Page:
Artificial Intelligence

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Artificial Intelligence

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Koushik Mondal Artificial Intelligence ( A.I. ) Present by Mr.KOUSHIK MONDAL Student at SMU of B.C.A

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Koushik Mondal What is Artificial Intelligence Computerized Human-Being A.I

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In simple words, A.I. is the Science and Engineering Of making Intelligent Machines. The Term A.I. belongs to a Fifth Generation Computer System In which the System works in the same manner as human-being. In another sense, we can term it As the study and design of Intelligent Agents. Koushik Mondal Meaning Of A.I.

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The field of AI research was founded at a conference on the campus of Dartmouth College in the summer of 1956. The attendees, including John McCarthy, Marvin Minsky , Allen Newell and Herbert Simon, became the leaders of AI research for many decades. They and their students wrote programs that were, to most people, simply astonishing: computers were solving word problems in algebra, proving logical theorems and speaking English. By the middle of the 1960s, research in the U.S. was heavily funded by the Department of Defense and laboratories had been established around the world. AI's founders were profoundly optimistic about the future of the new field: Herbert Simon predicted that "machines will be capable, within twenty years, of doing any work a man can do" and Marvin Minsky agreed, writing that "within a generation ... the problem of creating 'artificial intelligence' will substantially be solved". In 1974, in response to the criticism of England's Sir James Light hill and ongoing pressure from Congress to fund more productive projects, the U.S. and British governments cut off all undirected, exploratory research in AI. The next few years, when funding for projects was hard to find, would later be called an " AI winter ". HISTORY OF A.I Koushik Mondal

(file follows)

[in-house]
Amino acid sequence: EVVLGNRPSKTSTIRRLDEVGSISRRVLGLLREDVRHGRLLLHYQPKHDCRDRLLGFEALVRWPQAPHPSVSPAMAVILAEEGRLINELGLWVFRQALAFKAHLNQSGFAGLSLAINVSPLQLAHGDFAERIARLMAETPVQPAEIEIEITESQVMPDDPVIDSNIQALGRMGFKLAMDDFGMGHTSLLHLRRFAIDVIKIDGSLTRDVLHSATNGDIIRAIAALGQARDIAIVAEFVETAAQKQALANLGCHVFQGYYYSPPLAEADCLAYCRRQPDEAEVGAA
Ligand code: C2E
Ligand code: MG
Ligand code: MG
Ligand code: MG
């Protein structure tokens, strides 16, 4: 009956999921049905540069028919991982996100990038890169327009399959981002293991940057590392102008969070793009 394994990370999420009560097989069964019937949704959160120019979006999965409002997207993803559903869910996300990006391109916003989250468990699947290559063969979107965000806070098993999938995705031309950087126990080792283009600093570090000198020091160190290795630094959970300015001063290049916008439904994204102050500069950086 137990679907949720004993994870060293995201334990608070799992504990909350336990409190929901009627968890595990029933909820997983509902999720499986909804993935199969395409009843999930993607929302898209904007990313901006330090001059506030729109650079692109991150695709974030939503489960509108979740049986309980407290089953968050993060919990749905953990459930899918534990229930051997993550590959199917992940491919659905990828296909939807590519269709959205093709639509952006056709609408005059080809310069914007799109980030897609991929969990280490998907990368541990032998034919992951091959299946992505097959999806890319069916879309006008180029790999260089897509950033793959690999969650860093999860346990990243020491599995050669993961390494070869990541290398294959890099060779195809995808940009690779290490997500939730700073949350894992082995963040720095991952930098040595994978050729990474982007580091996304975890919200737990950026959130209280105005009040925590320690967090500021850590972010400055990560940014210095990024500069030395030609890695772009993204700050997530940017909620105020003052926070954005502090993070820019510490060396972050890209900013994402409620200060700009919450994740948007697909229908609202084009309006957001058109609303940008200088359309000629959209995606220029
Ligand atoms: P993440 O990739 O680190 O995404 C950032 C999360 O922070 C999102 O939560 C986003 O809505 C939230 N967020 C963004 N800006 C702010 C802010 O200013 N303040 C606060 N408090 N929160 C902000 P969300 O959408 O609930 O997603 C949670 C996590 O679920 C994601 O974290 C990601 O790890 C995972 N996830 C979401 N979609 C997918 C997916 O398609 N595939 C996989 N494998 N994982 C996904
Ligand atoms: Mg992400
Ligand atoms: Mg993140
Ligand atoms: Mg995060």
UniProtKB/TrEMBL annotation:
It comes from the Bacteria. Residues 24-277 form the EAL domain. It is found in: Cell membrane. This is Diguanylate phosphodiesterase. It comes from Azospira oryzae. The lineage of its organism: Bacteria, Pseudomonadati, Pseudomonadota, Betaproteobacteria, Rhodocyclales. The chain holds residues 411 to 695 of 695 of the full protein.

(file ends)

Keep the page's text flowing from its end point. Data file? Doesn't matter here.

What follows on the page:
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ARTICLES OF A.I Automated Planning and Scheduling Knowledge Representation Commonsense Knowledge Natural Language Processing Reasoning, Problem solving Machine Learning Motion and Manipulation Social Intelligence Computational Creativity General Intelligence By Mr.Koushik Mondal

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Intelligent agents must be able to set goals and achieve them. They need a way to visualize the future (they must have a representation of the state of the world and be able to make predictions about how their actions will change it) and be able to make choices that maximize the utility (or "value") of the available choices. In classical planning problems, the agent can assume that it is the only thing acting on the world and it can be certain what the consequences of its actions may be. However, if this is not true, it must periodically check if the world matches its predictions and it must change its plan as this becomes necessary, requiring the agent to reason under uncertainty. Automated Planning and Scheduling By Mr.Koushik Mondal